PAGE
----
At Least Half of Patients Having Total Knee Arthroplasty Could Be Considered for Same-Day Discharge
When discharged the same day as total knee arthroplasty, even the unhealthiest patients have a low risk of major complication, shows a study.
Improvements in surgical techniques and pain management, as well as Medicare’s removal of total knee arthroplasty (TKA) from its list of inpatient-only procedures in 2018, have led to increased interest in same-day discharge TKA.
Cleveland Clinic is a non-profit academic medical center. Advertising on our site helps support our mission. We do not endorse non-Cleveland Clinic products or services Policy
“When I started residency in 2006, patients having TKA stayed in the hospital for three to four days, and 30% to 50% or more were discharged to rehab facilities,” says Michael Bloomfield, MD, an orthopaedic surgeon at Cleveland Clinic.
These figures have decreased significantly over the past five years, with average length of stay now just over one day and an estimated 90% of patients discharged home, according to Dr. Bloomfield.
“This is the natural evolution of trying to care for these patients more efficiently in the hospital,” he says.
Sending patients home the same day has substantial advantages, such as reducing costs, limiting patients’ exposure to disease, and decreasing use of hospital resources, which in turn frees up more beds, notes Dr. Bloomfield. However, it’s still unclear for which patients same-day discharge TKA is safe.
“Is there any increased risk? What criteria should we be using to establish who’s safe to go home and who would do better staying for a night or two?” asks Dr. Bloomfield. “The literature is fairly conflicting.”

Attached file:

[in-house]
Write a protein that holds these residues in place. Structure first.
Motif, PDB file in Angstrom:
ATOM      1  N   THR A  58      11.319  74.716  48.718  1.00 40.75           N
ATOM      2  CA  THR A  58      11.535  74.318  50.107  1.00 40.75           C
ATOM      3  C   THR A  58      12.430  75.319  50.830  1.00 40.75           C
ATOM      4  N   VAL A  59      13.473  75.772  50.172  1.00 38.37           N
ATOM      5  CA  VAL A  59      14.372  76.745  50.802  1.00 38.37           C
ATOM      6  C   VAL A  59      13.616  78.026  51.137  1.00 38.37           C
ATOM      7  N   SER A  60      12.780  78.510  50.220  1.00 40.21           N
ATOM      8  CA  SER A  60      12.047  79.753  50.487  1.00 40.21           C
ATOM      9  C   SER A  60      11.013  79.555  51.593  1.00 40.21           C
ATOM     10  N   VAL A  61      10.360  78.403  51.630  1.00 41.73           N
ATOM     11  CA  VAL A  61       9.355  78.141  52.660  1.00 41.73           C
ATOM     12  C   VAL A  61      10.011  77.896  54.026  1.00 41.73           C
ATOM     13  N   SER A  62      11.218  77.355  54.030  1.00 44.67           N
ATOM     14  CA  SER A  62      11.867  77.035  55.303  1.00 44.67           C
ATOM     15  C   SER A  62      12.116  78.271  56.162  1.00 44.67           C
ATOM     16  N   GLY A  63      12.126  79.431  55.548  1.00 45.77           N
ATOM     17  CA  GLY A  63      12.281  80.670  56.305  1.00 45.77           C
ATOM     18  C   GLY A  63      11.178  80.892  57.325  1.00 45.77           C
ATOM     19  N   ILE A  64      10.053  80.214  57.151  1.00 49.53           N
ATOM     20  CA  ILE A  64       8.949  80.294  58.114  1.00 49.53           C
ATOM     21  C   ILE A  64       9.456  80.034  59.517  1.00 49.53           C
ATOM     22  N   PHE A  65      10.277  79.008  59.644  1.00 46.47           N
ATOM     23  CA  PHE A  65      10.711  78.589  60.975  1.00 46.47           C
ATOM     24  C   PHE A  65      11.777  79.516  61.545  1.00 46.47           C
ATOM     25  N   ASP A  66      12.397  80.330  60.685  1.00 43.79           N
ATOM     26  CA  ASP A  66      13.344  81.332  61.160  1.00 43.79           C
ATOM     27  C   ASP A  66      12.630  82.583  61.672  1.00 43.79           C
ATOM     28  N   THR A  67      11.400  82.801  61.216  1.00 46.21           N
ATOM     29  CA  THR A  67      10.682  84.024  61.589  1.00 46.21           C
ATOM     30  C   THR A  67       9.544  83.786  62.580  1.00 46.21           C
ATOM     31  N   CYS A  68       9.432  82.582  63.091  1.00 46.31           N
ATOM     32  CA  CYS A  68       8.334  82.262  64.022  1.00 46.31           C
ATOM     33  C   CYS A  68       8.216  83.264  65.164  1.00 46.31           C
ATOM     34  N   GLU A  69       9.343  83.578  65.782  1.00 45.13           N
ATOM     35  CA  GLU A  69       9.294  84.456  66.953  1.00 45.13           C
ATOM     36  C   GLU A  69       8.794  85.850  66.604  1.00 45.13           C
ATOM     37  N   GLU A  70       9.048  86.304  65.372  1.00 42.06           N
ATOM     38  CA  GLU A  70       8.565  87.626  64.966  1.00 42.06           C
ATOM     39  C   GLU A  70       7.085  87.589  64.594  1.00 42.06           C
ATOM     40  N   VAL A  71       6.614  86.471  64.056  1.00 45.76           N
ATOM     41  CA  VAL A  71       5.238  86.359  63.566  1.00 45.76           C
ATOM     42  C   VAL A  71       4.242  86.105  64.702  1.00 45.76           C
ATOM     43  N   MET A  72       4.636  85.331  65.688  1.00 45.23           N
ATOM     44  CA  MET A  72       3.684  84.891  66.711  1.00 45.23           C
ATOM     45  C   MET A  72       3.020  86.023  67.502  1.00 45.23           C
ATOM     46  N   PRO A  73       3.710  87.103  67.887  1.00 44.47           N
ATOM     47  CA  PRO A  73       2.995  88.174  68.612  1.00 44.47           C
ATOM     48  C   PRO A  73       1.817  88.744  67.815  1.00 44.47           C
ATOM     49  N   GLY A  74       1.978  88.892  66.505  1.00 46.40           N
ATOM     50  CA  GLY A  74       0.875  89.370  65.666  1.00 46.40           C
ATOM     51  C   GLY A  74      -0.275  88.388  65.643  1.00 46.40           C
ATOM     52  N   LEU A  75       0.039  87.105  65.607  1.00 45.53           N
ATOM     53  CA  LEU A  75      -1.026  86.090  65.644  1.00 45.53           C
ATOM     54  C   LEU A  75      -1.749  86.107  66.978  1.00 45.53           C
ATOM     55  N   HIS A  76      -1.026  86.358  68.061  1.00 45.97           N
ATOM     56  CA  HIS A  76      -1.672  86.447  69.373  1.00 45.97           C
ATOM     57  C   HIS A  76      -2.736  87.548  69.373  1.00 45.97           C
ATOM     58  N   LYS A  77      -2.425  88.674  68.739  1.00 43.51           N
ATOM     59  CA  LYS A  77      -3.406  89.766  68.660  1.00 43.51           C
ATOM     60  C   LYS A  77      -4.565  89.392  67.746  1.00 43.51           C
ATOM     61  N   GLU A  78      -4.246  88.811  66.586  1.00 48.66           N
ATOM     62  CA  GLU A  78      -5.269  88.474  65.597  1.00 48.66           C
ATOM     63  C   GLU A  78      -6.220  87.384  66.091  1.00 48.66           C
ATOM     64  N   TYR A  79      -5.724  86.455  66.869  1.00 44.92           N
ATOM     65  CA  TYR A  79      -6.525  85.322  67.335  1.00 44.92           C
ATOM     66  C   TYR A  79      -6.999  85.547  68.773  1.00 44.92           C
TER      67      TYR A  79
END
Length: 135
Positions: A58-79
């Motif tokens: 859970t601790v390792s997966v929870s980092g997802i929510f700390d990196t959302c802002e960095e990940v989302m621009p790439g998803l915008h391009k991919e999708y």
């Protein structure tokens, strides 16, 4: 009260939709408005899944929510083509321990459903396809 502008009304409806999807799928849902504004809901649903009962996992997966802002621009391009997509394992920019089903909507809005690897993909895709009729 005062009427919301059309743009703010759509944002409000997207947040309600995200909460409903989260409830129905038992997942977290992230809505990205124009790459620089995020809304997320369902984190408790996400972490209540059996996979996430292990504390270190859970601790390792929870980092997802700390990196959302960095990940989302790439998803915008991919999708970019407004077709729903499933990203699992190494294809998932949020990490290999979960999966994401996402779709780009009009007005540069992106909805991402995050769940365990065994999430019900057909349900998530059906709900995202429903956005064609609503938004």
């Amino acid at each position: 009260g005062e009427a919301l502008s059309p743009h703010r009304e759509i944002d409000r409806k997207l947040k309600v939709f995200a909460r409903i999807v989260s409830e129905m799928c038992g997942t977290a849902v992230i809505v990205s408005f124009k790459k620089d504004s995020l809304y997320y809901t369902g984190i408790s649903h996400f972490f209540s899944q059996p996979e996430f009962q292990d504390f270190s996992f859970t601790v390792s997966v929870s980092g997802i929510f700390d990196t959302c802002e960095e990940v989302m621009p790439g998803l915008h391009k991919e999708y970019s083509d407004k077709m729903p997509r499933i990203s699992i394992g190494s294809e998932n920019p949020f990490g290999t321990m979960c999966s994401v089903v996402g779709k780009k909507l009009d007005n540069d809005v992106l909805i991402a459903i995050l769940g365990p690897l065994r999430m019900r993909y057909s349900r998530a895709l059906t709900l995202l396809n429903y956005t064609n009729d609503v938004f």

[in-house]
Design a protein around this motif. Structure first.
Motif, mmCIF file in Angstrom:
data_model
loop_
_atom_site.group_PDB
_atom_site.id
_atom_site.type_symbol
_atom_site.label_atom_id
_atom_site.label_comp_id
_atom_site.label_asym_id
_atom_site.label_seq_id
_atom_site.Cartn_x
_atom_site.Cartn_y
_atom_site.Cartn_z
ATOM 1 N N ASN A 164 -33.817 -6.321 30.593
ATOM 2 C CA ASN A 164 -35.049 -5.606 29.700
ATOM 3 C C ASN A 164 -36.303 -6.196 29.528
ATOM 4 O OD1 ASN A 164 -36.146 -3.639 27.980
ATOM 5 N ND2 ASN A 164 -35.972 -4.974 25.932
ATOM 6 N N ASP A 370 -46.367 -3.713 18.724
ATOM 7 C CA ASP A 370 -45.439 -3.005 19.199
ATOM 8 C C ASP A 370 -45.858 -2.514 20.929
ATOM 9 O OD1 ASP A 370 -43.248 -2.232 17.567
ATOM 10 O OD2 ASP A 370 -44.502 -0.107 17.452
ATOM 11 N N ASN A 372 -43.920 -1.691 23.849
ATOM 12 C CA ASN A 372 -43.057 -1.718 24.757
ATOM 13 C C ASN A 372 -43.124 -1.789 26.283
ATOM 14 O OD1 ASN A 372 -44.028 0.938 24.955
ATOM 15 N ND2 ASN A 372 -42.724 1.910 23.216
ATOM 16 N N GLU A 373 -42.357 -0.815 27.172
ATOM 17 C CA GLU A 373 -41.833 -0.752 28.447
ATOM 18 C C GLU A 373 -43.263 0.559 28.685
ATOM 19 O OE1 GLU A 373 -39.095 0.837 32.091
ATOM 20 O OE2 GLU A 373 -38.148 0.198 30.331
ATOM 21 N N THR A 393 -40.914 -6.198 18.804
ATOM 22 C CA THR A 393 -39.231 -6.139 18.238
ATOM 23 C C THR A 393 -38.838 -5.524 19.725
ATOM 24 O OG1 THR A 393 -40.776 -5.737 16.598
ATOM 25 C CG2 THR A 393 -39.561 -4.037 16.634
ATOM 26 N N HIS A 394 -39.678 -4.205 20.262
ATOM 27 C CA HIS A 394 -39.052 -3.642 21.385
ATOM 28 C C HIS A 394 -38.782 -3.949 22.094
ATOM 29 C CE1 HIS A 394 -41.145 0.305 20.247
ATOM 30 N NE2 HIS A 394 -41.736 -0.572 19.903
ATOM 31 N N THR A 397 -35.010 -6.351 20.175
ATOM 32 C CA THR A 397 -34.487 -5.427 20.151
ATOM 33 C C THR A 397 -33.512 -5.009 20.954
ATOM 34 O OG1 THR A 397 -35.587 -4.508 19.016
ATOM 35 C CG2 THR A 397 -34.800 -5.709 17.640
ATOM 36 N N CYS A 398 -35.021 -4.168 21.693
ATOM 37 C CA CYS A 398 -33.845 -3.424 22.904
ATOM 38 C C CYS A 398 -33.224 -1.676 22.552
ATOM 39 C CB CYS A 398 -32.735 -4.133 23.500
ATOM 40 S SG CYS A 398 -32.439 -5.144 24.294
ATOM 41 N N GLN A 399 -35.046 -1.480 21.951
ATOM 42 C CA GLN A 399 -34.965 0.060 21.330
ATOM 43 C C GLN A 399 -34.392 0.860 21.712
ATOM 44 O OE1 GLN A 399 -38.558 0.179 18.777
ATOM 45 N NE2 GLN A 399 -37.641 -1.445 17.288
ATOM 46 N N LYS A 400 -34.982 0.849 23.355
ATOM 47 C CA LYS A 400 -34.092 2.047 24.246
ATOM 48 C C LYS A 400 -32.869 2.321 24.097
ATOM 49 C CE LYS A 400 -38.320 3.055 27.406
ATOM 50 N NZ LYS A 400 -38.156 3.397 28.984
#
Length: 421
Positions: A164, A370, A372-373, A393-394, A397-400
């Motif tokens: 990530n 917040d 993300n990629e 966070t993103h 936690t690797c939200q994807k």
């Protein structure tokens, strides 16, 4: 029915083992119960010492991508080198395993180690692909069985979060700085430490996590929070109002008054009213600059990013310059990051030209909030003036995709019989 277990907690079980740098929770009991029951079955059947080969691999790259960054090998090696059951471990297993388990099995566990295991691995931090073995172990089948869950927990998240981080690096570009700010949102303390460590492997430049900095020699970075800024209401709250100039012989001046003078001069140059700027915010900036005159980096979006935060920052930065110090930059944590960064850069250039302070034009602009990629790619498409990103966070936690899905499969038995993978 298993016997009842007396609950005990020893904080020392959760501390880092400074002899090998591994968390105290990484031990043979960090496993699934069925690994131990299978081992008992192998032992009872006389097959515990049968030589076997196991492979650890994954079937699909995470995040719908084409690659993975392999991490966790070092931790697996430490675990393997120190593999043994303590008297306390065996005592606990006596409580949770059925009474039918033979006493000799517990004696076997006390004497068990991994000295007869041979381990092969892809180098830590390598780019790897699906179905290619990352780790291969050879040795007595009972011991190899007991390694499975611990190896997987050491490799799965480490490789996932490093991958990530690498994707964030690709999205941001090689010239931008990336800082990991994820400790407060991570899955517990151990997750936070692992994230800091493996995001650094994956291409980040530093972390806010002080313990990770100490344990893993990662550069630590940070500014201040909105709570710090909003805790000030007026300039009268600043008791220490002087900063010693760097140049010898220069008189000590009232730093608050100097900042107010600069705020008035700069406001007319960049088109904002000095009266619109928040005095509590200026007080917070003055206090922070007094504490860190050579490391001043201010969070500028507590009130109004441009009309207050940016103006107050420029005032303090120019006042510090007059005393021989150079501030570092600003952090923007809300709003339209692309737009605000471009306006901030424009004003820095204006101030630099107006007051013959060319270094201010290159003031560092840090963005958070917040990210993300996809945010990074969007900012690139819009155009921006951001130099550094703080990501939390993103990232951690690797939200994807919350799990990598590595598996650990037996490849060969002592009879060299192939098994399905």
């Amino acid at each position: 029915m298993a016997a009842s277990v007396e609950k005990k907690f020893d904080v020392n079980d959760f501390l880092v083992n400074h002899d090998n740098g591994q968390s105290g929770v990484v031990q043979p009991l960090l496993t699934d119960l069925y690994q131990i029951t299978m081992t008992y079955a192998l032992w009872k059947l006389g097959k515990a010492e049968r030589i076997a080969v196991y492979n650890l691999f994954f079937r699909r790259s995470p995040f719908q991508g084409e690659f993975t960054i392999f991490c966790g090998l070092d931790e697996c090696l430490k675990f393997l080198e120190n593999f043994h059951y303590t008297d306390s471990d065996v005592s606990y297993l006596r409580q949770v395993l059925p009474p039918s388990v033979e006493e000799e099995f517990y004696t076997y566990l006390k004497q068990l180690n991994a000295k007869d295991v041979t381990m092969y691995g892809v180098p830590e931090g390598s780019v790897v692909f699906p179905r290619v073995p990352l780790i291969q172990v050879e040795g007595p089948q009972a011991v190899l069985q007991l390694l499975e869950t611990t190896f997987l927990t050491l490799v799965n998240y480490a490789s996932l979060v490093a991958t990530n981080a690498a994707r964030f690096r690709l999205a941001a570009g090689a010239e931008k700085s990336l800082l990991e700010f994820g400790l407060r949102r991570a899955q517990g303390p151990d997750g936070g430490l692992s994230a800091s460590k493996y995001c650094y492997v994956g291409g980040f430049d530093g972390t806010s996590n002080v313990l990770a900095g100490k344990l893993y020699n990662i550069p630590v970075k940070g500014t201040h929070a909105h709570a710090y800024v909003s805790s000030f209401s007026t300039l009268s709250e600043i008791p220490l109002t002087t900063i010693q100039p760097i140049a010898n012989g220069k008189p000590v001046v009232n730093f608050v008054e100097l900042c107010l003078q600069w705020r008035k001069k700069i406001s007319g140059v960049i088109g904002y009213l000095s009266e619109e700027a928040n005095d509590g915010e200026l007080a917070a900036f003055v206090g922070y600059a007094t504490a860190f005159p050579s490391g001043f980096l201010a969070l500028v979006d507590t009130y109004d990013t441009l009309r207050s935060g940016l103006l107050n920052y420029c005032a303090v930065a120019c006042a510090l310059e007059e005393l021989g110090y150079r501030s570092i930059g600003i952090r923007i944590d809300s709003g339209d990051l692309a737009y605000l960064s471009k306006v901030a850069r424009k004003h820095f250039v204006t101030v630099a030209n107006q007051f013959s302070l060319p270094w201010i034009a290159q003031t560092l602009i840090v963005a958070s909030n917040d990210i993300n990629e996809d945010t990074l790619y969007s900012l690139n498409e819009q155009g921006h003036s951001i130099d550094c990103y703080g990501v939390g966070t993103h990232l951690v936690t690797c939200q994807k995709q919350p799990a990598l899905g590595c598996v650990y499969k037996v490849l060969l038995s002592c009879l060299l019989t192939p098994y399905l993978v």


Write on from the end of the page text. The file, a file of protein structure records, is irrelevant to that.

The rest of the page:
To help answer these questions, Dr. Bloomfield and a Cleveland Clinic research team investigated whether patients are being appropriately selected for same-day discharge by comparing the 30-day complication rates of patients discharged the day of surgery versus patients discharged one or two days after surgery.
Researchers used the American College of Surgeons National Surgical Quality Improvement Program database to identify patients who had primary TKA from 2012 through 2018. Patients were matched according to morbidity probability, a combination of demographics, comorbidities and other preoperative factors. This resulted in a 1:1 match between 6,327 TKA patients who were discharged the same day and 6,327 TKA patients who stayed in the hospital for one or two days.
Researchers broke down the patient study population into quartiles based on morbidity probability. In each quartile, they assessed variables such as age, race, gender, body mass index, and history of smoking, diabetes mellitus and chronic obstructive pulmonary disease (COPD).
Next, the research team calculated the incidence of all complications (e.g., superficial surgical site infection, pneumonia, urinary tract infection) and major complications (e.g., unplanned intubation, pulmonary embolism, acute renal failure, cardiac arrest, sepsis) and then compared complication rates by quartile.
“For the healthiest 50% of patients undergoing a total knee arthroplasty and discharged the same day, there was no increased risk of any complication compared to patients who stayed in the hospital,” says Dr. Bloomfield.
Additionally, the first, second and third quartiles had no increased risk of major complications when they were discharged the same day. Even for the unhealthiest 25%, the odds of having a major complication were very low. The risk of a major complication in the healthiest 75% was around 1%. In the unhealthiest quarter, it was about 1.6%.
Based on these findings and his own practice, Dr. Bloomfield believes that at least half of patients having TKA reasonably could be considered for same-day discharge.
“If someone has heart failure, COPD or some other major systemic risk factor, I’m not going to send them home the same day,” he says. “But considering the overall low relative risk, for patients that don’t have serious health conditions, same-day discharge can be done without fearing worse outcomes. I hope that our study is reassuring.”
There are significant advantages to sending patients home quickly after TKA, Dr. Bloomfield points out. Yet, despite the incentives, there are patients who simply aren’t ideal candidates for same-day discharge.
“Our study reinforces that we should be doing due diligence and appropriately selecting patients for same-day discharge TKA,” says Dr. Bloomfield. “That requires stratifying risk and doing the right thing for each patient.”